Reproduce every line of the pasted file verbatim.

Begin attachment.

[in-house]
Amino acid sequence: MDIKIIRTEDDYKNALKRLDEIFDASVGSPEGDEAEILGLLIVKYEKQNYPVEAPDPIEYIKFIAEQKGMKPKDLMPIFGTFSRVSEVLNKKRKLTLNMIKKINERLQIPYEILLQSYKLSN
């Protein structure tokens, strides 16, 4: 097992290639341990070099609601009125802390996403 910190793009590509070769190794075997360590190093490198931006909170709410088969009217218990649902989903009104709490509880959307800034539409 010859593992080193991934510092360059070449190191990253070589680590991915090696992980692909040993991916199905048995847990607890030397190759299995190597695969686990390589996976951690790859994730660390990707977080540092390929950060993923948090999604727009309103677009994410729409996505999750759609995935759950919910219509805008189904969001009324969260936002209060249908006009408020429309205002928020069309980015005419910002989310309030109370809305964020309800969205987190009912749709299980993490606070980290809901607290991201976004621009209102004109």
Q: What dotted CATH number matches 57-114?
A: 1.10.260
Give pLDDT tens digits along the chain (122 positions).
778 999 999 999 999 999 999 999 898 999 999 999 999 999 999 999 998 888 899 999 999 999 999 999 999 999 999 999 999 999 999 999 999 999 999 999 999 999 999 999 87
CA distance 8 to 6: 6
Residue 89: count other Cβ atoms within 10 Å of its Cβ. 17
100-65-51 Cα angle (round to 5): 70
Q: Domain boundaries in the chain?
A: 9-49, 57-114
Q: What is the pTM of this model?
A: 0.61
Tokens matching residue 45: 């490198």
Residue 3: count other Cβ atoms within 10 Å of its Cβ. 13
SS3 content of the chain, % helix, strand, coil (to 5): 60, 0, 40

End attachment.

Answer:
[in-house]
Amino acid sequence: MDIKIIRTEDDYKNALKRLDEIFDASVGSPEGDEAEILGLLIVKYEKQNYPVEAPDPIEYIKFIAEQKGMKPKDLMPIFGTFSRVSEVLNKKRKLTLNMIKKINERLQIPYEILLQSYKLSN
């Protein structure tokens, strides 16, 4: 097992290639341990070099609601009125802390996403 910190793009590509070769190794075997360590190093490198931006909170709410088969009217218990649902989903009104709490509880959307800034539409 010859593992080193991934510092360059070449190191990253070589680590991915090696992980692909040993991916199905048995847990607890030397190759299995190597695969686990390589996976951690790859994730660390990707977080540092390929950060993923948090999604727009309103677009994410729409996505999750759609995935759950919910219509805008189904969001009324969260936002209060249908006009408020429309205002928020069309980015005419910002989310309030109370809305964020309800969205987190009912749709299980993490606070980290809901607290991201976004621009209102004109």
Q: What dotted CATH number matches 57-114?
A: 1.10.260
Give pLDDT tens digits along the chain (122 positions).
778 999 999 999 999 999 999 999 898 999 999 999 999 999 999 999 998 888 899 999 999 999 999 999 999 999 999 999 999 999 999 999 999 999 999 999 999 999 999 999 87
CA distance 8 to 6: 6
Residue 89: count other Cβ atoms within 10 Å of its Cβ. 17
100-65-51 Cα angle (round to 5): 70
Q: Domain boundaries in the chain?
A: 9-49, 57-114
Q: What is the pTM of this model?
A: 0.61
Tokens matching residue 45: 């490198």
Residue 3: count other Cβ atoms within 10 Å of its Cβ. 13
SS3 content of the chain, % helix, strand, coil (to 5): 60, 0, 40